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Is there a future for small-town baseball?

Is there a future for small-town baseball?


 When it comes to small-town North Dakota, Eugene Kachena is your man. He's lived in the small Walsh County town of Pisek most of his life.

 He's a native son of North Dakota. He led the North Dakota Department of the American Legion as commander in 2013 and 2014, a position that allowed him to travel the state. He's served the Legion in multiple other capacities.

 And baseball? He's come up through the ranks. He played and umpired Legion baseball, and has been active in support and administration of Legion baseball in the state for decades.

 He's currently the state Legion baseball Class B commissioner, and he strongly believes Legion baseball has a valuable role to play in small-town North Dakota. 

 "For me growing up and watching it, the value of Legion baseball is the camaraderie and socializing you do with one another. I think, as a society, we've found other ways to do that. But in my opinion it brings a community together," he said.

  This summer, though, Kachena is sitting in the on-deck circle watching high school-age athletes play baseball under the banner of Senior Babe Ruth. The North Dakota American Legion pulled the plug on its baseball program for 2020 in April in deference to the worldwide coronavirus outbreak.

 Nonetheless, all nine of what used to be the state's AA Legion teams are in action this summer. So, too, are many of the 17 Class A teams.

  But Kachena is concerned about what's happening in the Class B ranks where the teams are supported by smaller communities. From what he's been able to piece together from the outside looking in, there's a decline in participation.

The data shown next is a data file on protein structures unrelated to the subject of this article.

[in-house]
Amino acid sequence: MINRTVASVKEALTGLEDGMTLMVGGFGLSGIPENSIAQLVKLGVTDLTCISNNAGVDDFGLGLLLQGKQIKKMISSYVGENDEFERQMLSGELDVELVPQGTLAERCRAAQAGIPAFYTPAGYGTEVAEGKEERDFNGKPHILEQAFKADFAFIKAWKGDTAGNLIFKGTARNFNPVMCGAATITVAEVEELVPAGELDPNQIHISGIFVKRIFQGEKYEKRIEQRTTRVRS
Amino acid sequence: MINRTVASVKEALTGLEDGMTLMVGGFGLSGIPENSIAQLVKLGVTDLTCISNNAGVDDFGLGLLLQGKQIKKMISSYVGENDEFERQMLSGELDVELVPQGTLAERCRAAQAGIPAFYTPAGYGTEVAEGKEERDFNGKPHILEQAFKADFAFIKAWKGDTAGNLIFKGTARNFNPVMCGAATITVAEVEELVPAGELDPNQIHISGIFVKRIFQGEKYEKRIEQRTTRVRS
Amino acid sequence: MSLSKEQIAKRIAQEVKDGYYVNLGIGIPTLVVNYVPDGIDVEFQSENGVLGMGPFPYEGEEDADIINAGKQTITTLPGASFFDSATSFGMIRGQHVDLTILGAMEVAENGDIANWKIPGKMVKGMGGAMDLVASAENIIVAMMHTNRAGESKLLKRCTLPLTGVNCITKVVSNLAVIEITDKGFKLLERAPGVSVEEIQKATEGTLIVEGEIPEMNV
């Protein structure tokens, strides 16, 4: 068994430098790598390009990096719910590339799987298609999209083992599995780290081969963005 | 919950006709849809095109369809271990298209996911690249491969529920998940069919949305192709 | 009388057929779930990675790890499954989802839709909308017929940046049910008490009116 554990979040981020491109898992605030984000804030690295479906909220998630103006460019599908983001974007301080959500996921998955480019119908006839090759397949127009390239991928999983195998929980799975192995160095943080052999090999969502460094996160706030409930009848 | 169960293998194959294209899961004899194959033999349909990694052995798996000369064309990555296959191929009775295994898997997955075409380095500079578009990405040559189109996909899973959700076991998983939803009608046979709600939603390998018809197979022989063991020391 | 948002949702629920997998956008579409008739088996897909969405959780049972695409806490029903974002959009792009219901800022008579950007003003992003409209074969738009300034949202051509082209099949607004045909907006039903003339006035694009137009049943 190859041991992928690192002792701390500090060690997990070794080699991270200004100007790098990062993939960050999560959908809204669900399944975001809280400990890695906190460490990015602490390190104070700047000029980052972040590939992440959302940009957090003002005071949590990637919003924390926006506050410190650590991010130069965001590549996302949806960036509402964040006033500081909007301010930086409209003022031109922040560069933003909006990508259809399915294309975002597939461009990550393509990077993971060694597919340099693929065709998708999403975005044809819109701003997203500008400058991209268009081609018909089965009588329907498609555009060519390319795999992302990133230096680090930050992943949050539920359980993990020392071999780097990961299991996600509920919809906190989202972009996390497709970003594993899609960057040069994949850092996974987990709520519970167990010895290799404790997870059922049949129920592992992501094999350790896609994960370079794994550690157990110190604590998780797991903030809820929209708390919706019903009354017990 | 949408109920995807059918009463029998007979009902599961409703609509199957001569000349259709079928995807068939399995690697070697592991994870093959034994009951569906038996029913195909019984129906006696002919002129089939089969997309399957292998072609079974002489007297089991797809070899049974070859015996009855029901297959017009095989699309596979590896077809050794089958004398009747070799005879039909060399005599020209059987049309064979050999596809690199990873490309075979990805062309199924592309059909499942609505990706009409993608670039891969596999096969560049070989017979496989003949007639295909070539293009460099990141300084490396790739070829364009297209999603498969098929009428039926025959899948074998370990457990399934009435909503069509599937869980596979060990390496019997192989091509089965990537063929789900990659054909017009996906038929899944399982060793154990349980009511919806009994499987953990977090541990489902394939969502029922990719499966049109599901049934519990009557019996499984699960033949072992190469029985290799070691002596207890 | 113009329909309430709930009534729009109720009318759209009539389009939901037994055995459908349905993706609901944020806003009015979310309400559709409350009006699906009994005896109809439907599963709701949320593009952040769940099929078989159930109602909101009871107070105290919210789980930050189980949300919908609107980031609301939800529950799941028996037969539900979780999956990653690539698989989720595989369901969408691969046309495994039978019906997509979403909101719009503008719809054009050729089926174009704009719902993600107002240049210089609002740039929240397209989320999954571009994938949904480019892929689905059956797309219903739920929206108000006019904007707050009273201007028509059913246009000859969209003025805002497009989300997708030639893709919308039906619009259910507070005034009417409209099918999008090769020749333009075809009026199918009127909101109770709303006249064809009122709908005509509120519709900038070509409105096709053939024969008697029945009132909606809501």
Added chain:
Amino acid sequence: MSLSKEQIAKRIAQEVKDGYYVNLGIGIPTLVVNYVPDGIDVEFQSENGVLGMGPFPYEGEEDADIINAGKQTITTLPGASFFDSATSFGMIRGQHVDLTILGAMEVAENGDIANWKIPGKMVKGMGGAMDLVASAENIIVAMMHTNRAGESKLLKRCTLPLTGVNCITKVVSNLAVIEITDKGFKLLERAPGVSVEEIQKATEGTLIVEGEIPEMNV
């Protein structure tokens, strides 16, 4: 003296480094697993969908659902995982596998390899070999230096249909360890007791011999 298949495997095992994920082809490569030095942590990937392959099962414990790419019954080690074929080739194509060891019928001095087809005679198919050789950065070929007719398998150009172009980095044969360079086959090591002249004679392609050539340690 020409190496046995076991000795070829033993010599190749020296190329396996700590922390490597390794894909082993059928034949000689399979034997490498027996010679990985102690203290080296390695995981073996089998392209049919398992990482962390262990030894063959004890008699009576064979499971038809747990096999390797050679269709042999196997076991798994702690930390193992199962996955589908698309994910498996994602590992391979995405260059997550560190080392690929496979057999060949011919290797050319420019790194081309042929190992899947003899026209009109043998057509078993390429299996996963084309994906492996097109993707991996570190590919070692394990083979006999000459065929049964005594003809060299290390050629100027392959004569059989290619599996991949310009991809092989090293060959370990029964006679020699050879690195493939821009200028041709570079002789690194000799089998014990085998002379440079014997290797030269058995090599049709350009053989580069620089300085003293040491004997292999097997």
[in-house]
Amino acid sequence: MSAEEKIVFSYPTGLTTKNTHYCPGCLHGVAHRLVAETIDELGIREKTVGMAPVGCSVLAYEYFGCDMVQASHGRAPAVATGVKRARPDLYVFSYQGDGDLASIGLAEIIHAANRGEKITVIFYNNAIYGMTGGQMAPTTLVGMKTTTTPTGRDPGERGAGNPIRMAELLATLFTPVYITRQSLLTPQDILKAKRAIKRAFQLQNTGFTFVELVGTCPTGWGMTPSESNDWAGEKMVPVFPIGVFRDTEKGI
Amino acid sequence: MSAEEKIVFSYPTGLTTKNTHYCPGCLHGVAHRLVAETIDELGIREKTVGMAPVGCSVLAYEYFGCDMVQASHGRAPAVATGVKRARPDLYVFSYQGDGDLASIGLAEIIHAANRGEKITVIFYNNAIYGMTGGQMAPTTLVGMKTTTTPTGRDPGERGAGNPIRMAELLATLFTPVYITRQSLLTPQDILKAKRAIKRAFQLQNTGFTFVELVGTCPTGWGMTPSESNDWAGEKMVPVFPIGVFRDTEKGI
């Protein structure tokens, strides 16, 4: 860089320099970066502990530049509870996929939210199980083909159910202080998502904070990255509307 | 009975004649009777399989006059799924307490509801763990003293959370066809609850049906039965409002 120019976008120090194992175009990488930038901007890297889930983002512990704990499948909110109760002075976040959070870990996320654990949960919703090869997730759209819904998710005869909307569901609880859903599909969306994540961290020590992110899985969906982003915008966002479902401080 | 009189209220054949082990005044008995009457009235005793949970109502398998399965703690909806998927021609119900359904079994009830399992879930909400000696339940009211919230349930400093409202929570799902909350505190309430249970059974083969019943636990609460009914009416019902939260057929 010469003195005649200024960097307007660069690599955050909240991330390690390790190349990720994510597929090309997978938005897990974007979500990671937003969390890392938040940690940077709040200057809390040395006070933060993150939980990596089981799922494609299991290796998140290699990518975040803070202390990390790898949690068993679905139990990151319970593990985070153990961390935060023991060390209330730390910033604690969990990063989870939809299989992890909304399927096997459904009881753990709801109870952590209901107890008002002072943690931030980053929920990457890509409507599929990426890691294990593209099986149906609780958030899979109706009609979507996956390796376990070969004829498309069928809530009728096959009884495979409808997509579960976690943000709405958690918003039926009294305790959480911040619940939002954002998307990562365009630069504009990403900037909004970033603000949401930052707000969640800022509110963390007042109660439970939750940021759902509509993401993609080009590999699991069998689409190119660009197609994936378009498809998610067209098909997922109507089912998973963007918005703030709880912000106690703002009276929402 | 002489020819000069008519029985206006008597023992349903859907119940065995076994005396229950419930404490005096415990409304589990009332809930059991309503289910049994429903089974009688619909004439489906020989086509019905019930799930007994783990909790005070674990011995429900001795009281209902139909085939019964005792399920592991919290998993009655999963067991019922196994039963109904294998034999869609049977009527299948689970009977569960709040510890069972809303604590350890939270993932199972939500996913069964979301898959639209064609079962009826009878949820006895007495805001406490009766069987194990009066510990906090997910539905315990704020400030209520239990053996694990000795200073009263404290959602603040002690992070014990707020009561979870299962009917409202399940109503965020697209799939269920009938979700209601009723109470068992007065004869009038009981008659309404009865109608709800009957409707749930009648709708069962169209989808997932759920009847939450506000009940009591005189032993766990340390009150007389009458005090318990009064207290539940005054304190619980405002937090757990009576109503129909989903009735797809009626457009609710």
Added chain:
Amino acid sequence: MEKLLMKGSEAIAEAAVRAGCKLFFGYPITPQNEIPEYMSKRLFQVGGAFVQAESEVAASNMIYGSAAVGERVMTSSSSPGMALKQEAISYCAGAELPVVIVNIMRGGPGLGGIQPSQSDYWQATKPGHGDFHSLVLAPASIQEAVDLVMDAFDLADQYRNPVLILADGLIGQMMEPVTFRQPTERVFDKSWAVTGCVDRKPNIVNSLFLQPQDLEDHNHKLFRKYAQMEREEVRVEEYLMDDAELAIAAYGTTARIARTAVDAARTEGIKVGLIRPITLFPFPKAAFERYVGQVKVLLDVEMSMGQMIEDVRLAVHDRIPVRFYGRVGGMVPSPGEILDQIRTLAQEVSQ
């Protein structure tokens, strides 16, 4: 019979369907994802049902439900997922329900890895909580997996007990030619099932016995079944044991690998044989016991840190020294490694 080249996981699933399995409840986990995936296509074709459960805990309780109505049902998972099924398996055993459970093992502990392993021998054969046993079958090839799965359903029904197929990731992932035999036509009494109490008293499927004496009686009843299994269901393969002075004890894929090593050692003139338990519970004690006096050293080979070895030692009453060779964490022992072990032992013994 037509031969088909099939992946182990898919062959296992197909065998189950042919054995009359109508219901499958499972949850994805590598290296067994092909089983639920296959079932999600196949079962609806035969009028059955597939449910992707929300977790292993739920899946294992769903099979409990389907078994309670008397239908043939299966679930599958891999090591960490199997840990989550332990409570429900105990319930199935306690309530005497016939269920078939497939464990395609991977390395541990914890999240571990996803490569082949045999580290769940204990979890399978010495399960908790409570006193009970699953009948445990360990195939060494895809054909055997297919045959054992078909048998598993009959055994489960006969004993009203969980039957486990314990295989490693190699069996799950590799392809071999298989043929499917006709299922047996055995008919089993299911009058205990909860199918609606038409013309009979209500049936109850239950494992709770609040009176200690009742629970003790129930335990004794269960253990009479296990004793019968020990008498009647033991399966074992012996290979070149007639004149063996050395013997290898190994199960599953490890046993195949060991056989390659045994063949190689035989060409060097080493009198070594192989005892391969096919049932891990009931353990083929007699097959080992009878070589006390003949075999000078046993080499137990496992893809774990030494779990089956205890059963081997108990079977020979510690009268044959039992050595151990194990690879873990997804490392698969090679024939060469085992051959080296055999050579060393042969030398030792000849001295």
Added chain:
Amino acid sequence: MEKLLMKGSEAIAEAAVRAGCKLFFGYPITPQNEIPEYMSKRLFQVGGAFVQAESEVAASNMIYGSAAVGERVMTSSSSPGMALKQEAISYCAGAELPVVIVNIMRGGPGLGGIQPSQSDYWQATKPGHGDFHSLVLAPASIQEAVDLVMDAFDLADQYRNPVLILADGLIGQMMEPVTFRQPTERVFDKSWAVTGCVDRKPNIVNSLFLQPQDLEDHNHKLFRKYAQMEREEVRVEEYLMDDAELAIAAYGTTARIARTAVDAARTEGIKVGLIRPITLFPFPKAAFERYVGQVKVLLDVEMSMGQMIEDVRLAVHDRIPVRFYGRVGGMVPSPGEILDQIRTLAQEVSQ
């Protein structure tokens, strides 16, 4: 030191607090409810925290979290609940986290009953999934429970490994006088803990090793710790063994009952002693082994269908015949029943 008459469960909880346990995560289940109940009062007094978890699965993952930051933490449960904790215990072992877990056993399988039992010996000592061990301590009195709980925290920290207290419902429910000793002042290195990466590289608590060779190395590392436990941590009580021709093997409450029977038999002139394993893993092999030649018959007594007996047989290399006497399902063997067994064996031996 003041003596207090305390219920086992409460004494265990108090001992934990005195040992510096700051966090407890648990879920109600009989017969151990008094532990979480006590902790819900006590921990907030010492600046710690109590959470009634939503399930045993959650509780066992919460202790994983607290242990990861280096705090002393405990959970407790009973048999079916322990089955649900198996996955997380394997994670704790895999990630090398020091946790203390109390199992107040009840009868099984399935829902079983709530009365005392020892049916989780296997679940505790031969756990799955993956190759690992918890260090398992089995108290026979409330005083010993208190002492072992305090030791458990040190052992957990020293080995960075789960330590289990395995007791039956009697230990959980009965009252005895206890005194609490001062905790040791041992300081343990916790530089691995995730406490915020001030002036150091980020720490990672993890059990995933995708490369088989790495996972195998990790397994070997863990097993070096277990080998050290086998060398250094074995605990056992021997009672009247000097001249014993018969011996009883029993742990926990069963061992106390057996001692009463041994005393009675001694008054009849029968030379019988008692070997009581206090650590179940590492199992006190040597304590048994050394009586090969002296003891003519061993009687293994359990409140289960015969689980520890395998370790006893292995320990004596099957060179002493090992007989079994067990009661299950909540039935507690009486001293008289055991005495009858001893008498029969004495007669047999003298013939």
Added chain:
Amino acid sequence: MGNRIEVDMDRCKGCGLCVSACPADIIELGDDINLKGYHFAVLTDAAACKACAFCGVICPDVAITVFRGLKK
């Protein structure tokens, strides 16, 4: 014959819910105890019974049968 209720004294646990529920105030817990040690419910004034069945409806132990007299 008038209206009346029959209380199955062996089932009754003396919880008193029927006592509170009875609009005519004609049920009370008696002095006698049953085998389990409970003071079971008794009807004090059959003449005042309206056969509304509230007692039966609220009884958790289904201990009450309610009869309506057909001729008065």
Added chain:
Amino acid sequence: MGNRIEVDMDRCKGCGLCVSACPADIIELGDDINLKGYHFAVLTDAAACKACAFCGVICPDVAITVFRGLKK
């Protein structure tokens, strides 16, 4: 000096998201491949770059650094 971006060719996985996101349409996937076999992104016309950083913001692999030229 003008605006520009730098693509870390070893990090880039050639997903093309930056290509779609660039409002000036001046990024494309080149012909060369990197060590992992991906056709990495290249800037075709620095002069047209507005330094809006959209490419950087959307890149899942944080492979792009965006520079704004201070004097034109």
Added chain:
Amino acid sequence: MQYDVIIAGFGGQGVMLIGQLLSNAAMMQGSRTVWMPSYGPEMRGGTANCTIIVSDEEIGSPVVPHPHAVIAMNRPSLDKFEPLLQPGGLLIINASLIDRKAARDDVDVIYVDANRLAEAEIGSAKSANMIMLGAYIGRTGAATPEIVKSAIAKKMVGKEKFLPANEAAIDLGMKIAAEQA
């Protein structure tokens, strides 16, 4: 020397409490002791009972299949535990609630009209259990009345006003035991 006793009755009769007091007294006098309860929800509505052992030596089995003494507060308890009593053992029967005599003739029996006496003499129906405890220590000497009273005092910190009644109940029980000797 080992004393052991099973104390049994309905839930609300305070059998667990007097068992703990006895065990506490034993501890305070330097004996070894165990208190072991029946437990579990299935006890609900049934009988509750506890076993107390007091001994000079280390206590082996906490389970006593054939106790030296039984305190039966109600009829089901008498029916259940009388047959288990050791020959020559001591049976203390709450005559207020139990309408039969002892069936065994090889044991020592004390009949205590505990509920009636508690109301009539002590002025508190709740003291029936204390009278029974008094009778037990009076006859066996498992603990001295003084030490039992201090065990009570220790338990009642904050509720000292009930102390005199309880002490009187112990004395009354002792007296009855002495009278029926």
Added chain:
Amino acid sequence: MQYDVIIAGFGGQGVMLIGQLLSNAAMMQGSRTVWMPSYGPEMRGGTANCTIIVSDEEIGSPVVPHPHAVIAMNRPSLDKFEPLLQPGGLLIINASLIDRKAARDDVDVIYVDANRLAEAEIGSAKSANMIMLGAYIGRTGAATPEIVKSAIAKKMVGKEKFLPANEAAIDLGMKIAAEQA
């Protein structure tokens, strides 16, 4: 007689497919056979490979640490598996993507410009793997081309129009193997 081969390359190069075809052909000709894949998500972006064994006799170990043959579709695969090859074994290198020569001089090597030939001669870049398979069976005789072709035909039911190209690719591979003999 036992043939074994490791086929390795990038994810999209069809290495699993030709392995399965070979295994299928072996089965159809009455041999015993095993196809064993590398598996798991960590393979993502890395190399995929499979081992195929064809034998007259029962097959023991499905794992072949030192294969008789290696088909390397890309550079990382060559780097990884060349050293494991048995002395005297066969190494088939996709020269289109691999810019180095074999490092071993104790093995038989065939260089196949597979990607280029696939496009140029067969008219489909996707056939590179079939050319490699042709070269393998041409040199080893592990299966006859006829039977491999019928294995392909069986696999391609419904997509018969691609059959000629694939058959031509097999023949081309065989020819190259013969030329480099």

He's sure not all of the 48 communities that had signed up for Legion baseball in 2020 are active.

 "Up here in the northeast corner there are a few that have had to quit because of virus concerns. It's kind of hit-and-miss throughout the state as far as I can see," he observed.

 Kachena said he doesn't know what to expect when it comes time for communities to commit to Class B Legion baseball in 2021. He's hopeful the number of teams will rebound, but admits any prediction would be guesswork.

 "I don't know how many B teams are going to respond when we go back to Legion baseball. ... We'd like to have them all back," he said.

"I really hope communities can go back to Legion baseball," Kachena added. "I think we've got a good program, and it's structured well."

 Kachena said he loved baseball as a boy, and his feelings haven't changed.

 "I've been on the (Legion baseball) committee for the last 10 years and did a lot of umpiring before that," he noted. "I've been around Legion baseball since I played it myself as a kid."

 "If it wasn't for Legion baseball," he added, "I'd have been picking rocks and throwing bales."


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